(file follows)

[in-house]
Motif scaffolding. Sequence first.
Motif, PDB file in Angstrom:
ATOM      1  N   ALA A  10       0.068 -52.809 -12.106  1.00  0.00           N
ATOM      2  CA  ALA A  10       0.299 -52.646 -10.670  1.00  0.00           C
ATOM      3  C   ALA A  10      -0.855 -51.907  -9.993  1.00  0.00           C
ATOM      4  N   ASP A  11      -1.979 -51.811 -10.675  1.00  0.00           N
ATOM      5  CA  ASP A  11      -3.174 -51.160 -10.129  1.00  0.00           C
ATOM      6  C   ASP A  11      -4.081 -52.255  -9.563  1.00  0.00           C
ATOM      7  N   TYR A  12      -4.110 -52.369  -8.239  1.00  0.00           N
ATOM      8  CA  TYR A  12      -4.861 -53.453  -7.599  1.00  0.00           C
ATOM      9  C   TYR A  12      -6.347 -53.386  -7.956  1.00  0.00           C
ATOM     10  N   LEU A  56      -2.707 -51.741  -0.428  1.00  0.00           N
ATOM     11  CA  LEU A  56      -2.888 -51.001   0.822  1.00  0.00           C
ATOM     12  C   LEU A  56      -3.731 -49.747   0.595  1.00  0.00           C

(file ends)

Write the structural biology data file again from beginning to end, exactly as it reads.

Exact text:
[in-house]
Motif scaffolding. Sequence first.
Motif, PDB file in Angstrom:
ATOM      1  N   ALA A  10       0.068 -52.809 -12.106  1.00  0.00           N
ATOM      2  CA  ALA A  10       0.299 -52.646 -10.670  1.00  0.00           C
ATOM      3  C   ALA A  10      -0.855 -51.907  -9.993  1.00  0.00           C
ATOM      4  N   ASP A  11      -1.979 -51.811 -10.675  1.00  0.00           N
ATOM      5  CA  ASP A  11      -3.174 -51.160 -10.129  1.00  0.00           C
ATOM      6  C   ASP A  11      -4.081 -52.255  -9.563  1.00  0.00           C
ATOM      7  N   TYR A  12      -4.110 -52.369  -8.239  1.00  0.00           N
ATOM      8  CA  TYR A  12      -4.861 -53.453  -7.599  1.00  0.00           C
ATOM      9  C   TYR A  12      -6.347 -53.386  -7.956  1.00  0.00           C
ATOM     10  N   LEU A  56      -2.707 -51.741  -0.428  1.00  0.00           N
ATOM     11  CA  LEU A  56      -2.888 -51.001   0.822  1.00  0.00           C
ATOM     12  C   LEU A  56      -3.731 -49.747   0.595  1.00  0.00           C